Why is self-care important for your health?

Learn about self-care, including why it’s important for your health and how you can practice it.

Why is self-care important for your health?
minute read

Medically Reviewed by: Dr. Caley Scott, ND

It’s more important than ever to prioritize self-care activities and take time for yourself. Self-care means putting your health and well-being first—not so you can escape responsibility, but rather to be the best person possible for you and your loved ones. 

The idea is simple in theory but difficult in practice, especially with distractions like social media and the never-ending to-do list of the modern world. However, if you can create a solid self-care plan and take time for basic habits each day, you can achieve balance and combat burnout in a sustainable way. Well-being is an ongoing journey, and it’s essential to stay on track with your goals, whatever they may be.

In this article, we’re getting to the root of why self-care is so vital in today’s day and age. We’ll look at some of the most common obstacles to self-care, offer some tips to create a daily self-care routine, and recommend some products that can help you get there.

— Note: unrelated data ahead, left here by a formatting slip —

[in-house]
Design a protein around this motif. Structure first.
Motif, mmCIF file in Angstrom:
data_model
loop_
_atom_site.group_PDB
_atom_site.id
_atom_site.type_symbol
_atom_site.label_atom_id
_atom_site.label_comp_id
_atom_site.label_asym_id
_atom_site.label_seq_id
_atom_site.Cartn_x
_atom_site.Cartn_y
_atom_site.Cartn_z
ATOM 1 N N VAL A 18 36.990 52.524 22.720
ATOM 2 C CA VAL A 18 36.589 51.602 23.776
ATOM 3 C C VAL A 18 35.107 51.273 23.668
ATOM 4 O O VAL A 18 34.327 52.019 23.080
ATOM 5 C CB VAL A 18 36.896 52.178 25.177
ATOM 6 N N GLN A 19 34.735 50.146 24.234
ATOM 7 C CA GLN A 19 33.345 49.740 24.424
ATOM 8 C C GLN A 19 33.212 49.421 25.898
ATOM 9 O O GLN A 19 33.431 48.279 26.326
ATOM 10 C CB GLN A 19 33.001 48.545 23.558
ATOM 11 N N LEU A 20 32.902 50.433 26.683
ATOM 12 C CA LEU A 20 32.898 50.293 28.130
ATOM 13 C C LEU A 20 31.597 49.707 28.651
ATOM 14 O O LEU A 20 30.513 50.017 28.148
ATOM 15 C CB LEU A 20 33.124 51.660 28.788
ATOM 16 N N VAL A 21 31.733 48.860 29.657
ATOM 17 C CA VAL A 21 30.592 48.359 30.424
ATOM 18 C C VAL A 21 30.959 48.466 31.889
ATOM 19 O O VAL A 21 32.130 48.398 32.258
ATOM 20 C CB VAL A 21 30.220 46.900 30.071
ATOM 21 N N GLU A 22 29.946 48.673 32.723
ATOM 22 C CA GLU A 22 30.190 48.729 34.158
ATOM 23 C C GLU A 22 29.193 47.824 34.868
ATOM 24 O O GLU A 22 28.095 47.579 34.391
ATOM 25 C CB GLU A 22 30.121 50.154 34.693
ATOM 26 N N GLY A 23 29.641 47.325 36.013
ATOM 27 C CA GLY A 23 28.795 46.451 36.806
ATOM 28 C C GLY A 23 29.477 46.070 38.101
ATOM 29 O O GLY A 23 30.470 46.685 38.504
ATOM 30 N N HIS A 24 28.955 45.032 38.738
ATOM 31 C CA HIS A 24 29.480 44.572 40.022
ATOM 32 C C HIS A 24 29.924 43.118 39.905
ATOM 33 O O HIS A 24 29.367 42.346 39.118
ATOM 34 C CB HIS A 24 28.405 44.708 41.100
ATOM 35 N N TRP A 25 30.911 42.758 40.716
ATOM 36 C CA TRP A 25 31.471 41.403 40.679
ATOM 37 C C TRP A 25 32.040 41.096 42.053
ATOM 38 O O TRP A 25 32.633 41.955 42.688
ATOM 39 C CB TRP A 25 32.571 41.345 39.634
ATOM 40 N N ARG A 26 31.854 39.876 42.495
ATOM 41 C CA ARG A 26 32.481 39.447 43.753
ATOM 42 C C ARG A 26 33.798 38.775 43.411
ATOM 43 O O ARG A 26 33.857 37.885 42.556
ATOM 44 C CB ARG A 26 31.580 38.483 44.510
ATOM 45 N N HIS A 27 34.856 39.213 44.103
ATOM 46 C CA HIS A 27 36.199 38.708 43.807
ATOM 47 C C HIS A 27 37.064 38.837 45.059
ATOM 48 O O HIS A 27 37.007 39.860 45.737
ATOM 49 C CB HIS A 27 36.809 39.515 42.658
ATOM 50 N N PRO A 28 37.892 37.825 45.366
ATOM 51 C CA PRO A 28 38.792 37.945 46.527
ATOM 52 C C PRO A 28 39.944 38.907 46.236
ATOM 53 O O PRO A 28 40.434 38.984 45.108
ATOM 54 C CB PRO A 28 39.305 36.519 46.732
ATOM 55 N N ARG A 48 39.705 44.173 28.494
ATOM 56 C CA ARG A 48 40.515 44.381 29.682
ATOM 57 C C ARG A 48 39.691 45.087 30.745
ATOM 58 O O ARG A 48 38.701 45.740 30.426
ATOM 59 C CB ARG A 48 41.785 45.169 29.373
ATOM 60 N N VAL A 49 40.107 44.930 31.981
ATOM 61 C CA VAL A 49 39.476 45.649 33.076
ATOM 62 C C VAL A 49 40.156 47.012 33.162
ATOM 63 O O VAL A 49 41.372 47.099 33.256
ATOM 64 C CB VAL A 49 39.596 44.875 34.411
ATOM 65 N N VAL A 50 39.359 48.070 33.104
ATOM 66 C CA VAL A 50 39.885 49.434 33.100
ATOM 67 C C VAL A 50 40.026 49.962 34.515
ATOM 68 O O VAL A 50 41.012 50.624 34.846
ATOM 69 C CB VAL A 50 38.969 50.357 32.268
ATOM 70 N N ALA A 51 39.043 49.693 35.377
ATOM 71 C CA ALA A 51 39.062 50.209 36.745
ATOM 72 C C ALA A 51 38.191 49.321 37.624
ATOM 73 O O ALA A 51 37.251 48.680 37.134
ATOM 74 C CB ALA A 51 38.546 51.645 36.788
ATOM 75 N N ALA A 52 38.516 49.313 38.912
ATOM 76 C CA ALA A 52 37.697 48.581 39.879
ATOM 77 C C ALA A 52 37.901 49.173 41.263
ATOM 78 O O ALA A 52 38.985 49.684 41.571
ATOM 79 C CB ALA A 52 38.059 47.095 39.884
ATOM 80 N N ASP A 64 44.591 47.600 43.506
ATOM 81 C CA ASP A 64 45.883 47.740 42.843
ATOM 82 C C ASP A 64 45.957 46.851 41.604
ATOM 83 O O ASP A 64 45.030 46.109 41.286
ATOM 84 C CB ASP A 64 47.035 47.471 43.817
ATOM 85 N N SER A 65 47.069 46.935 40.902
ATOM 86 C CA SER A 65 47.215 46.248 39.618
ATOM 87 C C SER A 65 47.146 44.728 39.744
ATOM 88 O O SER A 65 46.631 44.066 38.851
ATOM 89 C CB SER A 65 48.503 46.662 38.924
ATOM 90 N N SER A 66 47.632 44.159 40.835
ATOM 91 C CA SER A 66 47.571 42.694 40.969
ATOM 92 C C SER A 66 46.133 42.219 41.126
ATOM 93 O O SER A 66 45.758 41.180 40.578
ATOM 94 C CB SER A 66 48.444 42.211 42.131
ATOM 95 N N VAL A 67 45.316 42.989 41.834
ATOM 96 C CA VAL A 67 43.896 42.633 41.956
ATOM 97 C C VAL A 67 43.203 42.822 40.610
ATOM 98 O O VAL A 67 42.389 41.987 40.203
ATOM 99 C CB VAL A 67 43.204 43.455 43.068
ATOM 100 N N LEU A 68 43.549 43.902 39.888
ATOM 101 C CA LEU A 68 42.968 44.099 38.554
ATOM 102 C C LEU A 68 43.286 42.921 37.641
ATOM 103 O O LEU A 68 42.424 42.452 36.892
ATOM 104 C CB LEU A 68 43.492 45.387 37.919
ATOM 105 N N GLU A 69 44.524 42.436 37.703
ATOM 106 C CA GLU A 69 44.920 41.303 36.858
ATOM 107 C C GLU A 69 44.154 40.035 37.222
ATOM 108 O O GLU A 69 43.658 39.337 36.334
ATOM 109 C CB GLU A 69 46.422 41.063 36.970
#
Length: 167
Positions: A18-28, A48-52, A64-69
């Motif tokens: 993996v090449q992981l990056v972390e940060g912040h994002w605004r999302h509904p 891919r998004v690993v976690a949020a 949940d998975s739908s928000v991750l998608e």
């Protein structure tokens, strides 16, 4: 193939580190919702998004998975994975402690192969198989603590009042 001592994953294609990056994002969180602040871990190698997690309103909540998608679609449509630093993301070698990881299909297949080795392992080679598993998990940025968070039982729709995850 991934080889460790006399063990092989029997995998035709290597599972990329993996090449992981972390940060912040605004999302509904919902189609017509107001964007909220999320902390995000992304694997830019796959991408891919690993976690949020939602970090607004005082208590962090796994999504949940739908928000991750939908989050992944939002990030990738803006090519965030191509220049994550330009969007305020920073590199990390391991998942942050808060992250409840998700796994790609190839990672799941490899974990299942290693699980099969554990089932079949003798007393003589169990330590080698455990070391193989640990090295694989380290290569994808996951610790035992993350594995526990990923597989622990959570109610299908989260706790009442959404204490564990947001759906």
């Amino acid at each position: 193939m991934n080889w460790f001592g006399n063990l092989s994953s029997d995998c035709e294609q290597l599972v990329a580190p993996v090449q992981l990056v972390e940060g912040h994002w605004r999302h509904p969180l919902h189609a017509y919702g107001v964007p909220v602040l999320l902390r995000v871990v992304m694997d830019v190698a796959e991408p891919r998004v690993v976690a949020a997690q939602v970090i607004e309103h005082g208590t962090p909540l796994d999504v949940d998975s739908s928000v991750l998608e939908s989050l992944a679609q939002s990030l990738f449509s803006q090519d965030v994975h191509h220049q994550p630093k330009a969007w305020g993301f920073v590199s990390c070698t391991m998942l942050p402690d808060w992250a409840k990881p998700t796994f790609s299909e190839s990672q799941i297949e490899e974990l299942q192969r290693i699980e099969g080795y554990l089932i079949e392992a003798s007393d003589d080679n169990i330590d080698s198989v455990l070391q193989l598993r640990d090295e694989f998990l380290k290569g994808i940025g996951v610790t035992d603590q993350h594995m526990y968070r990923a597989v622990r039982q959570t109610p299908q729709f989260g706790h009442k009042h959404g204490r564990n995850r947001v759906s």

What is self-care?

The best way to learn about self-care is to understand the “pillars” or “domains” that make up a self-care framework

It all begins with knowledge and health literacy, i.e., your approach to grasping the basics and implementing these practices. This requires a sense of curiosity, flexibility, and some patience to delay gratification for better results in the future. Next comes self-awareness and assessment; where do you currently stand in your self-care journey, and which steps should be prioritized?

From there, we get into habits, routines, and practices. Physical activity and healthy eating are the keys here, setting the foundation for a strong body and fueling your energy in all areas of life. Risk avoidance also goes hand-in-hand with these habits  limiting negative influences and recognizing unhealthy patterns. 

This framework is simple but effective, backed by research, and applicable to all walks of life. No matter where you’re at in the self-care journey, there’s always room to audit your situation and make minor improvements that add up over time. 

What is the connection between self-care and overall health?

The importance of self-care goes beyond looking good and feeling good. While these surface-level goals are a good initial motivator, the ultimate result is improved overall health, performance, and quality of life.